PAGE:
April 28th, 2019 | 59 mins 26 secs
binet, cognituve inoculation, culture, damasio, grossmann, iq test, lisa feldman-barrett, monte carlo fallacy baloney detection kit, psychology, robson, sagan, self-distancing, social psychology, somatic marker hypothesis, sternberg, terman, termites, wisdom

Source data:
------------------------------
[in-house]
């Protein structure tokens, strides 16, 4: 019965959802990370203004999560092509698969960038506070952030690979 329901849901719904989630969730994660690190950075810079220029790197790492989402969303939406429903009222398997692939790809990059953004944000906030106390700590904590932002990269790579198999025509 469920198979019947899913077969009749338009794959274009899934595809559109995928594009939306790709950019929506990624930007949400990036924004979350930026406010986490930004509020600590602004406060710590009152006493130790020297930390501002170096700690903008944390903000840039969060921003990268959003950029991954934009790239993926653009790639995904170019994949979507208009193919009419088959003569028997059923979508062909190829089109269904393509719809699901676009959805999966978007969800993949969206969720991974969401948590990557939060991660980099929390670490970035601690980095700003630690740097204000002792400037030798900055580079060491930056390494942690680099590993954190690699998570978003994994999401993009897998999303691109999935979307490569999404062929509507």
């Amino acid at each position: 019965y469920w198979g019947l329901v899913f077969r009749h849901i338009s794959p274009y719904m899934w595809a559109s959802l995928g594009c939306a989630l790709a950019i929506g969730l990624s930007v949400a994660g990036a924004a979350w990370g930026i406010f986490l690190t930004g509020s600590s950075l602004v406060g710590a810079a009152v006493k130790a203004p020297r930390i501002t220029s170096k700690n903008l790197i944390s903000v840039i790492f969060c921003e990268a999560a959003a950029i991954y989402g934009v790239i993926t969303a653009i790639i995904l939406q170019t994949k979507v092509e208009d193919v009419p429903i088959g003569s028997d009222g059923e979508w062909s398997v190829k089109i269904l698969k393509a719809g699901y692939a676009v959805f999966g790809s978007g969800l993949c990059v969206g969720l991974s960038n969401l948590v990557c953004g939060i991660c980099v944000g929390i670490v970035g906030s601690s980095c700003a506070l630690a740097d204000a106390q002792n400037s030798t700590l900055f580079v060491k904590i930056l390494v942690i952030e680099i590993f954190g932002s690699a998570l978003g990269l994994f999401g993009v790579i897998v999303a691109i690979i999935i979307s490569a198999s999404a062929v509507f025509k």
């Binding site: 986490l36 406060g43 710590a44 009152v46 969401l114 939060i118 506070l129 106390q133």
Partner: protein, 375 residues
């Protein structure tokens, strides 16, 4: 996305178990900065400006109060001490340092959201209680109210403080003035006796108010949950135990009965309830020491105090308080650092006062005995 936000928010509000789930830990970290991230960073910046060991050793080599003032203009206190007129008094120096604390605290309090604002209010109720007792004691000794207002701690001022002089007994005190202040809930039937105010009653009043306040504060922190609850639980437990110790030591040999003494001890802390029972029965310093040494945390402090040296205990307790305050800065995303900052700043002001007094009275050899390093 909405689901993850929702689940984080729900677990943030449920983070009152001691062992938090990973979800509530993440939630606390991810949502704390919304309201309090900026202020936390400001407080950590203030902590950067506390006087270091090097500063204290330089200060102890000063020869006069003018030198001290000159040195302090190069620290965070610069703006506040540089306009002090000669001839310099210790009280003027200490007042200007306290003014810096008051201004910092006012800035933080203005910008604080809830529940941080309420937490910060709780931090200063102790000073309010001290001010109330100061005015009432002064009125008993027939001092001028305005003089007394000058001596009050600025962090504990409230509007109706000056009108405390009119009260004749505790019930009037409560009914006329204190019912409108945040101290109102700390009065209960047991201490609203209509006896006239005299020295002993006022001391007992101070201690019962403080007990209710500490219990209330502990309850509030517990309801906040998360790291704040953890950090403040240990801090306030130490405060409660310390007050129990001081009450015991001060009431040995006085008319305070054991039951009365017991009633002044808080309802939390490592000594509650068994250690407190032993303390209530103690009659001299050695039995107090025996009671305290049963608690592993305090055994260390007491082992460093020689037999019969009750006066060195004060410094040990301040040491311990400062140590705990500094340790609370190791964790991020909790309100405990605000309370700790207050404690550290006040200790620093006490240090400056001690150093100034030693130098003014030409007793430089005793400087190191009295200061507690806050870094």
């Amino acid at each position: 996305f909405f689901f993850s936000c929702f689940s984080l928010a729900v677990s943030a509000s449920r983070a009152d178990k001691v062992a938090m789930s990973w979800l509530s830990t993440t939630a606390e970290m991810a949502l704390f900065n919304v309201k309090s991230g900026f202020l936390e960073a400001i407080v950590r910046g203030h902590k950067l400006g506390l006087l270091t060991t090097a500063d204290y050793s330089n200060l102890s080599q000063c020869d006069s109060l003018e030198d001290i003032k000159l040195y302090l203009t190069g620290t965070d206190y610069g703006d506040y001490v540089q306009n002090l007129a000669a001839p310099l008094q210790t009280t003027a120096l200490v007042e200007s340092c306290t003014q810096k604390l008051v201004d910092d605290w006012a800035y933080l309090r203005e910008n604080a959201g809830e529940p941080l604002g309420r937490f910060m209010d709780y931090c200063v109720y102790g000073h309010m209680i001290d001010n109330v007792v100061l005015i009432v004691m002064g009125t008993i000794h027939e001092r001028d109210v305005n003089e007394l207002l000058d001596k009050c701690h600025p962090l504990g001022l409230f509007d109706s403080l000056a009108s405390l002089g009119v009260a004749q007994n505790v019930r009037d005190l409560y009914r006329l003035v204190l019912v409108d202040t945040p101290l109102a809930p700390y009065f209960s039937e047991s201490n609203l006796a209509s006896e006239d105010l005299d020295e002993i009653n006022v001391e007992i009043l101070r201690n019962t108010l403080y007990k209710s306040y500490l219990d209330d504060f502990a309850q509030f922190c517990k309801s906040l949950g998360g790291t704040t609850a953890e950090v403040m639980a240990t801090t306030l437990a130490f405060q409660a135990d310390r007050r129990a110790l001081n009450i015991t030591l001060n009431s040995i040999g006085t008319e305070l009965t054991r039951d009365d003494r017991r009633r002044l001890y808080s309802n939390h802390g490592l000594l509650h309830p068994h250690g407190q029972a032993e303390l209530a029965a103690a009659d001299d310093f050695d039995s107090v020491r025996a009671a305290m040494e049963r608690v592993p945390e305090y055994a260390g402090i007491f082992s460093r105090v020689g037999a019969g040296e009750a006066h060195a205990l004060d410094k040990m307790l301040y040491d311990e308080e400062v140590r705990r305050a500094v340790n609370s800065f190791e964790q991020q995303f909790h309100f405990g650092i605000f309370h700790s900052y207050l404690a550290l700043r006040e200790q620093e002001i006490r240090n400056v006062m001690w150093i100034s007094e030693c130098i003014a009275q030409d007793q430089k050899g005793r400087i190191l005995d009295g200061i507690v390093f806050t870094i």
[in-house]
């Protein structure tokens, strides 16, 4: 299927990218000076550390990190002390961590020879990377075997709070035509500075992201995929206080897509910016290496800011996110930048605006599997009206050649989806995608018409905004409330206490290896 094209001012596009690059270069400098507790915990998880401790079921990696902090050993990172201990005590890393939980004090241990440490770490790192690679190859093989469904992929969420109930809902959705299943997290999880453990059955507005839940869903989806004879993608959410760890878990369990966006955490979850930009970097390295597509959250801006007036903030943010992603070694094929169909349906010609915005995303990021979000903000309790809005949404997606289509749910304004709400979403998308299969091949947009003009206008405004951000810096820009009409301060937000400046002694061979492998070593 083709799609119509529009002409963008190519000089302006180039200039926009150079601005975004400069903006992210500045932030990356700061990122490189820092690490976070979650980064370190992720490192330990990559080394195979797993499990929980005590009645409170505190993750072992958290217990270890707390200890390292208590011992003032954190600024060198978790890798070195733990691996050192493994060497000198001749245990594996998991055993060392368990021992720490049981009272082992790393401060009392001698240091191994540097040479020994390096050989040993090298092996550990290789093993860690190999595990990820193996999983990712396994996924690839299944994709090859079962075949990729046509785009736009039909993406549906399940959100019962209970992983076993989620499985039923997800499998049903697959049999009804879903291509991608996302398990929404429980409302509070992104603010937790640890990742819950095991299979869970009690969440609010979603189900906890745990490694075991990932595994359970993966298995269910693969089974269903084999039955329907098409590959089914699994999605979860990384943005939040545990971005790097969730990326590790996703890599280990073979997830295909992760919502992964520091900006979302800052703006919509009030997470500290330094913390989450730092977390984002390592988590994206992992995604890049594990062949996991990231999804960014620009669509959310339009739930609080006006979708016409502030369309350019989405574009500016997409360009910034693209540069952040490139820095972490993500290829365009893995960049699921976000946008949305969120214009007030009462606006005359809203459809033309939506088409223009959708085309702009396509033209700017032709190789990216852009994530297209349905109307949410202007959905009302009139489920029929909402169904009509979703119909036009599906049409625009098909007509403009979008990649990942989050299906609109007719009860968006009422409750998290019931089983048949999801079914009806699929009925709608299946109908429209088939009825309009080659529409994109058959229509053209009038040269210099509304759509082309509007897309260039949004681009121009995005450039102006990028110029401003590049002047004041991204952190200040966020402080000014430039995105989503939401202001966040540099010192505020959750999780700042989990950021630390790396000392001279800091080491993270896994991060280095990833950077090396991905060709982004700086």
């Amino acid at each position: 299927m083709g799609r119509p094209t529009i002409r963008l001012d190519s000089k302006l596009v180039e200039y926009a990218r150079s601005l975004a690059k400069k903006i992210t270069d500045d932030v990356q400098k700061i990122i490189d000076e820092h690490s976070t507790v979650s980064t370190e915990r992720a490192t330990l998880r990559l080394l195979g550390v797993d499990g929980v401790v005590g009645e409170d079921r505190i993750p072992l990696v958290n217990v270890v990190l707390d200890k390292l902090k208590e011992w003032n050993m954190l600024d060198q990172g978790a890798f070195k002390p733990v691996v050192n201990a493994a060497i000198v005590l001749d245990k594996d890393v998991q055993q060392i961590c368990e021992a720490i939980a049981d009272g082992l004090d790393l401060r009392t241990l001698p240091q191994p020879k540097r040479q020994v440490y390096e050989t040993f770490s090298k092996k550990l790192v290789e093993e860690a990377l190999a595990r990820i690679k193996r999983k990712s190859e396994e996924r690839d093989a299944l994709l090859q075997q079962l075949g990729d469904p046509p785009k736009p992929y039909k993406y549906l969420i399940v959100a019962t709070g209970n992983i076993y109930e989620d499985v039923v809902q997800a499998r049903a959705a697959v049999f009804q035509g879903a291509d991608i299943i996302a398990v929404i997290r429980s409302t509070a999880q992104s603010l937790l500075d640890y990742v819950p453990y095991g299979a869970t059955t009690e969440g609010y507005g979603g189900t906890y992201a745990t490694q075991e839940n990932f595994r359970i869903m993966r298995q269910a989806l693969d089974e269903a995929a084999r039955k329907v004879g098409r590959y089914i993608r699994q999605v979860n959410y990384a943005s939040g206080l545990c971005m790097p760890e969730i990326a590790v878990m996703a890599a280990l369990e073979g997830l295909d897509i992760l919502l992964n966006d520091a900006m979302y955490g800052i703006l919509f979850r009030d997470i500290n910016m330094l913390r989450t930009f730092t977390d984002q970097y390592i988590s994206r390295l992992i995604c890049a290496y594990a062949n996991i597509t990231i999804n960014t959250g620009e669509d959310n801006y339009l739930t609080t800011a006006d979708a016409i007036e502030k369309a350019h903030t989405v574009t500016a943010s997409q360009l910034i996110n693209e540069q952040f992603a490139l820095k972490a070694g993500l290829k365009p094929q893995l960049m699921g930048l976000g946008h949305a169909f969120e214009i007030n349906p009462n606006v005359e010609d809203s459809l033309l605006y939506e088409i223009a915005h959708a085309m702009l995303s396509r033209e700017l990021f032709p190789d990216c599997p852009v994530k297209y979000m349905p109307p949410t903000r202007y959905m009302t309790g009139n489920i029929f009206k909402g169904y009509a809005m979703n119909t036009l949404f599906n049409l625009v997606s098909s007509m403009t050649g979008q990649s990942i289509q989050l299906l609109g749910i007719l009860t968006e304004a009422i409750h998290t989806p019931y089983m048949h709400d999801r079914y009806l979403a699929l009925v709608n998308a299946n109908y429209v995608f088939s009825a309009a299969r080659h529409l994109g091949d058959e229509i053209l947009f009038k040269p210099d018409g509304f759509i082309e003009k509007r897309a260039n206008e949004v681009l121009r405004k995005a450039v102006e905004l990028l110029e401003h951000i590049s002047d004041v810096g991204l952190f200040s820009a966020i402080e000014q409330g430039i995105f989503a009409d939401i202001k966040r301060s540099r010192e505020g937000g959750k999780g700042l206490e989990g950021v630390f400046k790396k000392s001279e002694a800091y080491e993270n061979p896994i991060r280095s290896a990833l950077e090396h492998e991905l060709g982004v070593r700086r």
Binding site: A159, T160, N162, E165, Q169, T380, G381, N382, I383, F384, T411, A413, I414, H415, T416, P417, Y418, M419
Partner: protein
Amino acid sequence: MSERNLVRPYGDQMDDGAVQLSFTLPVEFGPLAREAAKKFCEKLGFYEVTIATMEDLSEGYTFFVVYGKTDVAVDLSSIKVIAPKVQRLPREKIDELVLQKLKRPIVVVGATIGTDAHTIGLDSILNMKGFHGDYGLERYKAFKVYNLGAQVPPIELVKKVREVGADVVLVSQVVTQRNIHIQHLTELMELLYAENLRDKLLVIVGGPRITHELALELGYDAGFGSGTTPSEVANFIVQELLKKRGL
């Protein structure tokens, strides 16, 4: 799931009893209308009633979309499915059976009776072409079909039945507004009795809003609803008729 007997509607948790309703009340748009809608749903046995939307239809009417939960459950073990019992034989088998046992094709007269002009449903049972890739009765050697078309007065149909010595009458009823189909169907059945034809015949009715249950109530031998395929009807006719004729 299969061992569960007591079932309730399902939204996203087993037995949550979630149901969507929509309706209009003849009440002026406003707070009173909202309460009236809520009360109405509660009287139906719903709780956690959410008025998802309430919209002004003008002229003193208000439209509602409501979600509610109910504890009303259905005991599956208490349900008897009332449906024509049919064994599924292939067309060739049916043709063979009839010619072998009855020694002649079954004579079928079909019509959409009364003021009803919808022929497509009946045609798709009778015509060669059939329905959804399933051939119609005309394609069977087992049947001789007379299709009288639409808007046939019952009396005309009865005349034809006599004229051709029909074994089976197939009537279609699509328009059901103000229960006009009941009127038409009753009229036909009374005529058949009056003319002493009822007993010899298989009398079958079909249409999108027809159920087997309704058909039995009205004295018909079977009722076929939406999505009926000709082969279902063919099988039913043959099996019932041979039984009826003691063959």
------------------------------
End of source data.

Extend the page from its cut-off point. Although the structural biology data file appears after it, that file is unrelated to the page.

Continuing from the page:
Do highly intelligent people actually take better decisions in their daily lives than everyone else? And if not, what’s missing from our picture of what it means to be ‘smart’? Can you be highly intelligent, yet flunk a rationality test? And rather than noise to be ignored, might our emotions help us make decisions that are actually more rational? David Robson joins Igor and Charles to discuss intelligence traps, Terman’s Termites, the Monte Carlo fallacy, Damasio’s Somatic Marker hypothesis, the competitive humility of the start-up culture, and the ‘brutal pessimism’ baked in to the dark history of the Intelligence test. Igor wrangles with the challenge of convincing leaders of the merits of intellectual humility in a culture obsessed with certainty, David advocates for widespread cognitive inoculations, and Charles learns that butterflies in the stomach after a date may mean love, but also may mean gastric flu. Welcome to Episode 16.